We knew the weather was moving up the coast but I was not prepared for the single digit temperatures that cut through us as we stepped outside. It was absolutely freezing and so it was back to jeans and jackets.
In short the birding was miserable and after about two hours of wandering around Dlinza Forest we had atlassed about 20 species and I was feeling bleak about our thrush prospects.
Fortunately I had Adam with me as his eyes are far keener than mine and as we arrived near the Bishop’s Seat picnic site he spotted the thrush (pun very much intended) quietly hopping amongst the leaf litter. It was a great relief to see it but the process of photographing it was pretty involved. We stalked it quietly and managed to get quite close, but the gloom in the forest was so poor that it was almost impossible to focus on it. Eventually we both sat down in a section of the forest and anticipated the direction in which it was feeding and just waited patiently for it to come to us.
I usually find it frustrating when the birding is so quiet but on this occasion it really worked in our favour. If it had been a bright sunny morning we would have been charging around trying to find as many birds as we could and we may not have enjoyed our thrush experience quite this much. But, with nothing much else going on I was very happy to sit and wait for just the right moment and we were rewarded better than I had ever expected. It eventually hopped towards us until it was no more than three or four metres away and I was able to get that photo that I had always imagined I would be lucky to get.
We charged back to the entrance to the reserve and met the rest of the family for a quick trip up to the top of the tower overlooking the forest but dissension set in quickly with the temperature hovering around eight degrees and the wind whistling through the metal structure. There was not a bird in sight and warm cup of coffee and bacon and eggs was suddenly far more appealing than standing on top of the tower.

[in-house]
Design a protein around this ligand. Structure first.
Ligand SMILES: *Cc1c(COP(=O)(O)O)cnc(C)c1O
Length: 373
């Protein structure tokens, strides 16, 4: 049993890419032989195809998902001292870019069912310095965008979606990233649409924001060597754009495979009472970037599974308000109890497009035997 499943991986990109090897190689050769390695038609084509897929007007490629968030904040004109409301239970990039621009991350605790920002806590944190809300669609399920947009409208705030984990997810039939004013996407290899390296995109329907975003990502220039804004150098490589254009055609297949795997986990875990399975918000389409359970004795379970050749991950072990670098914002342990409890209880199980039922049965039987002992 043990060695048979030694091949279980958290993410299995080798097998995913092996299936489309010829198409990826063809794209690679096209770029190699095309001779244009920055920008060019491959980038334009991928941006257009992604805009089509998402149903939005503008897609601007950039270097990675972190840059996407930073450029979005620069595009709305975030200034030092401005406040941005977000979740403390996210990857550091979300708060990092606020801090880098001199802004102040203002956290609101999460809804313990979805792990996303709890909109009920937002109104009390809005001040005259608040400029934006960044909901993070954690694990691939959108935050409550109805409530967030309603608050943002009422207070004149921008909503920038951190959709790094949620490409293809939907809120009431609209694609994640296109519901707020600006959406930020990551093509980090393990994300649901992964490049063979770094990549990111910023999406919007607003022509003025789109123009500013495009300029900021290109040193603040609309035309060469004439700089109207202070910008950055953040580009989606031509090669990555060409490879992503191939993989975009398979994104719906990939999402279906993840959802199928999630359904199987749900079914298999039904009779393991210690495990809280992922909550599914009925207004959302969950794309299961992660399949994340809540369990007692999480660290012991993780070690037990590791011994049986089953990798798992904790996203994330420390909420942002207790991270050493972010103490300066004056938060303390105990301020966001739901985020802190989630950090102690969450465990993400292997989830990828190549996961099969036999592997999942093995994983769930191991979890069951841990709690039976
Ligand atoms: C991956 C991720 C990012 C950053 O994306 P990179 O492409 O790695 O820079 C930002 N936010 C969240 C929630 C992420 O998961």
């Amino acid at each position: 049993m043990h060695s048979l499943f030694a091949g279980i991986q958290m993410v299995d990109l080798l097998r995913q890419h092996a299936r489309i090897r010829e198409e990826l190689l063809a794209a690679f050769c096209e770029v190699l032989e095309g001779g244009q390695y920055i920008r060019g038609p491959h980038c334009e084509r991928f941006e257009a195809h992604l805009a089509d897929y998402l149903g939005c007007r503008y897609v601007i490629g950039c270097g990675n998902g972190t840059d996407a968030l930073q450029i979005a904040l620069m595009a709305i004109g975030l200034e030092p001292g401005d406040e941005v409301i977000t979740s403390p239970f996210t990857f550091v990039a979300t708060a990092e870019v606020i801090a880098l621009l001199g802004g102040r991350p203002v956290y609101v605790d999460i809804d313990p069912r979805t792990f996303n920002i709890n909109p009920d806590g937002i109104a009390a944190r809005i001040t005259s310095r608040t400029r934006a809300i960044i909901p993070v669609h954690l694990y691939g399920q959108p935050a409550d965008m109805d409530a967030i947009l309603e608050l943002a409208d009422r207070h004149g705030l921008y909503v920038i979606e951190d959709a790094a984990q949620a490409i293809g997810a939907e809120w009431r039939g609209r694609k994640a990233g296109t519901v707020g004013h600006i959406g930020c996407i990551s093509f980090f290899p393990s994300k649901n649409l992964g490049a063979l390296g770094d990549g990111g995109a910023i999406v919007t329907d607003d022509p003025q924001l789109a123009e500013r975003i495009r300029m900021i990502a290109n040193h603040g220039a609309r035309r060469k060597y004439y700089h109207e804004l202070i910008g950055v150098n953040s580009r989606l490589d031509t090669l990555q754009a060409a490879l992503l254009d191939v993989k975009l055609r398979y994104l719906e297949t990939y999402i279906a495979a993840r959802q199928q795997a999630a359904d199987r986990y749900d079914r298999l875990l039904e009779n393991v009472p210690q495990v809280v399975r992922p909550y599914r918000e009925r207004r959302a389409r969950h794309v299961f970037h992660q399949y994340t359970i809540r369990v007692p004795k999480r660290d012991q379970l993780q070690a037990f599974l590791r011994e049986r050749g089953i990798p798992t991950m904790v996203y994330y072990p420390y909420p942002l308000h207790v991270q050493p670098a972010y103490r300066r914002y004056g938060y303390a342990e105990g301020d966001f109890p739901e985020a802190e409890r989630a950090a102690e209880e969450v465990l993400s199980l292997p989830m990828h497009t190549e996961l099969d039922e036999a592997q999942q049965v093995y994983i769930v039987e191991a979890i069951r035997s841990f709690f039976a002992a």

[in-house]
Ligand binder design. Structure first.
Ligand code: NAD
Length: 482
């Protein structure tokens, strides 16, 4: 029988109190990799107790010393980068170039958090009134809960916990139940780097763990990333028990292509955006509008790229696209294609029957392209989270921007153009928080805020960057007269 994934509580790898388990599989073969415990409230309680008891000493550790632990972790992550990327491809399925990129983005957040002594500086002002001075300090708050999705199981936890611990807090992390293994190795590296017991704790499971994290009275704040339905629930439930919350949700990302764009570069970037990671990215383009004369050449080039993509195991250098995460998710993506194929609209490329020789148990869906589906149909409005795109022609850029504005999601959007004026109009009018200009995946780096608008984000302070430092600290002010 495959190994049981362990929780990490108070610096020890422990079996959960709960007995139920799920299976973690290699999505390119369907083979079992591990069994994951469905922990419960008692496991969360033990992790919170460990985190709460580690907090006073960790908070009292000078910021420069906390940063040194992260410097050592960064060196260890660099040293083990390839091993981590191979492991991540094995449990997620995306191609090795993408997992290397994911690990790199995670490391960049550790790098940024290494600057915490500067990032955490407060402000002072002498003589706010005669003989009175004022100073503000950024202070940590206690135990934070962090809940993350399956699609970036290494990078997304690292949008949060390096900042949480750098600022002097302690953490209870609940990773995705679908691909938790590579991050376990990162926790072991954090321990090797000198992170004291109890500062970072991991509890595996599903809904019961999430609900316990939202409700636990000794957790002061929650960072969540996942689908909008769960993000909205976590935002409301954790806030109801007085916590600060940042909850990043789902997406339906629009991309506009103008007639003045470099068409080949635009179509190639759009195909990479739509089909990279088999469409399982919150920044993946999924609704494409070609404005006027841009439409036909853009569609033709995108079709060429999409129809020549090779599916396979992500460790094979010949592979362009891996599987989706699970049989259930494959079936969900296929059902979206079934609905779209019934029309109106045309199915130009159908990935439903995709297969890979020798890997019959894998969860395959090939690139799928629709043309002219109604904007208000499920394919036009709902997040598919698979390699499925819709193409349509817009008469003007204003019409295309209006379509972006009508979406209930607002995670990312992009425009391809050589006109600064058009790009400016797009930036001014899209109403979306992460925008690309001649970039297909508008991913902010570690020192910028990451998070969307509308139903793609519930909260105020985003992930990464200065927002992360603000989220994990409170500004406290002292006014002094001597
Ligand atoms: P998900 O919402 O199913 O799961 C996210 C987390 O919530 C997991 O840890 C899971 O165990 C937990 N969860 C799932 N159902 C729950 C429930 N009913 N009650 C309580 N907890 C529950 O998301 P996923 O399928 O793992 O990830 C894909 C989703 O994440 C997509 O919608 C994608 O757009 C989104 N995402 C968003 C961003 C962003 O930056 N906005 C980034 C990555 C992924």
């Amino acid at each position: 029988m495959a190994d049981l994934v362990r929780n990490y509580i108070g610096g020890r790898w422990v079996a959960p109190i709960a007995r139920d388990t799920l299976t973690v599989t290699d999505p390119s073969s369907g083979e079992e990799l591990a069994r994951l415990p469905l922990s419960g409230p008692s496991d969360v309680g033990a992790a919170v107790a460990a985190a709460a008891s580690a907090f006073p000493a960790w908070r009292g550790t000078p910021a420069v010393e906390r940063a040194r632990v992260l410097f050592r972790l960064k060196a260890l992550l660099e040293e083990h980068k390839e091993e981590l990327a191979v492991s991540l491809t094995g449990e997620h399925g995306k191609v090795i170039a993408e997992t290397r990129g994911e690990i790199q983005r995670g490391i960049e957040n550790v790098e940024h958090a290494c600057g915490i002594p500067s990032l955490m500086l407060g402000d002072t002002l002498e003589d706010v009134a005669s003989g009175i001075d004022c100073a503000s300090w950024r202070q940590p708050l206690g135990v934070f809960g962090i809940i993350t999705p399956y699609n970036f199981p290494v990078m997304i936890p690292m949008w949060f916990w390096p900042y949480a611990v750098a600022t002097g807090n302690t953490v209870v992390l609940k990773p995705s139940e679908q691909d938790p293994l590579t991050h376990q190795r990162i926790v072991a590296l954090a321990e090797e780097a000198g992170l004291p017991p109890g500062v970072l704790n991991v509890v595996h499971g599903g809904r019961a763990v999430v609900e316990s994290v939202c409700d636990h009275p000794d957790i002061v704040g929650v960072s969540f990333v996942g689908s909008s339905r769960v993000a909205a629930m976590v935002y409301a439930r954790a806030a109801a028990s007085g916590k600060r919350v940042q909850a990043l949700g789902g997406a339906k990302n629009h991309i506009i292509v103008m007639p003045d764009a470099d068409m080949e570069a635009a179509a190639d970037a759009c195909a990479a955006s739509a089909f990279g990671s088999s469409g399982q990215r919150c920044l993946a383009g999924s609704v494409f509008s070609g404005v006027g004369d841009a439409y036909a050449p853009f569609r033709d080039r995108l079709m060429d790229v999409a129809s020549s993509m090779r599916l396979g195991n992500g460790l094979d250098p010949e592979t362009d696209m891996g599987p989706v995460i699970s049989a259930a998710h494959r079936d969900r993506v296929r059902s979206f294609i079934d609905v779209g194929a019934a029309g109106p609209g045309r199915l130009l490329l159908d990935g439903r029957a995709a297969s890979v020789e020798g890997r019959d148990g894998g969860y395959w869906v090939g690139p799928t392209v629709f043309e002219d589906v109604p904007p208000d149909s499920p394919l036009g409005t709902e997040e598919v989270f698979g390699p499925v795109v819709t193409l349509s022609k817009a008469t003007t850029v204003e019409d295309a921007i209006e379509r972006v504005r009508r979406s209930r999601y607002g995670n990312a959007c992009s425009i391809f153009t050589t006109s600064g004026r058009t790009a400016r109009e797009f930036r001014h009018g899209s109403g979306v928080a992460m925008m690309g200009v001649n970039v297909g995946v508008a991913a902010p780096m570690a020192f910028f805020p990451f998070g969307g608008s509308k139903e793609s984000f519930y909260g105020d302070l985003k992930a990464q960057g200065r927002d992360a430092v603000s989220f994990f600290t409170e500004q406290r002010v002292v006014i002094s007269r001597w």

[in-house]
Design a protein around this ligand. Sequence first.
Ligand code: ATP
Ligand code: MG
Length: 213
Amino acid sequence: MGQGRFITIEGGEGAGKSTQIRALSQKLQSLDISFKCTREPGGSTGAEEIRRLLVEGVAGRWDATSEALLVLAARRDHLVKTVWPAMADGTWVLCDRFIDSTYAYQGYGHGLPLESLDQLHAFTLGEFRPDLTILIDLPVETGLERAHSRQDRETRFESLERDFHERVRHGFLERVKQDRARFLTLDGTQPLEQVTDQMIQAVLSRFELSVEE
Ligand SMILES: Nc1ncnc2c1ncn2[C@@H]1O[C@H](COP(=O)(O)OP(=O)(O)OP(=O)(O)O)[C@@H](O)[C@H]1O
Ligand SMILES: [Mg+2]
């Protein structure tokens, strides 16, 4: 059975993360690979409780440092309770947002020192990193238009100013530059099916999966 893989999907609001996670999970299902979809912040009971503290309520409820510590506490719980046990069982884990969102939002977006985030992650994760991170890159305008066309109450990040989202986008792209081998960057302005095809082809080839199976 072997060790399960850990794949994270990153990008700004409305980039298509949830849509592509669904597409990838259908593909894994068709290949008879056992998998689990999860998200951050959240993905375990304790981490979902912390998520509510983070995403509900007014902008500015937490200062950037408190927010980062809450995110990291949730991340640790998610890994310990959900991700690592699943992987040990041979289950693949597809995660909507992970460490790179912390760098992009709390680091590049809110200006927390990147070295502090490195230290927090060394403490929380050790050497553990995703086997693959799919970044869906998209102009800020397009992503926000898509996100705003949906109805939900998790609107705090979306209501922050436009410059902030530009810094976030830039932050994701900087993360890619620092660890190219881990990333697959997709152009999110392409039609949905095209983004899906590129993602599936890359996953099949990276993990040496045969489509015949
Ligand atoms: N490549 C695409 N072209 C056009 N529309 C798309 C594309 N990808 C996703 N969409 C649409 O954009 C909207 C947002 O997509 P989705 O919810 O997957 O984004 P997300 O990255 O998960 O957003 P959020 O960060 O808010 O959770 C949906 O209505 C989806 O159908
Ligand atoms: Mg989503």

As an aside, we have got into the very snobby habit of taking our Nespresso coffee machine with us, wherever we go. We can’t seem to do without that first cup of coffee every morning and so it is worth the effort of cramming it into various well padded bags. On this occasion, though, the machine was cozily packed in a robust cooler bag and put onto the plane but, despite the careful packing, it was broken when we got to the other side. We spent a frantic 20 minutes cobbling it back together again on our first morning in Eshowe. I am relieved to tell you that, even though its insides were basically hanging out for the duration of the trip, it still managed to produce coffee worth drinking.
Our visit to Eshowe was brief and unfortunately it coincided with appalling weather conditions. We had had the best of the fine dining of the small town and, after Jeanie had spent some of her morning battling the crowds at the local Spar, it was firmly decided that it was unlikely that she would ever return. It has become a chaotic little town which seems to be the gateway from the N2 towards the rural areas a little inland and it just hasn’t seemed to retain its quaint feel as I had remembered it. I am sure I will return one day, but that may be further into the future now that I have my Spotted Ground-thrush photograph.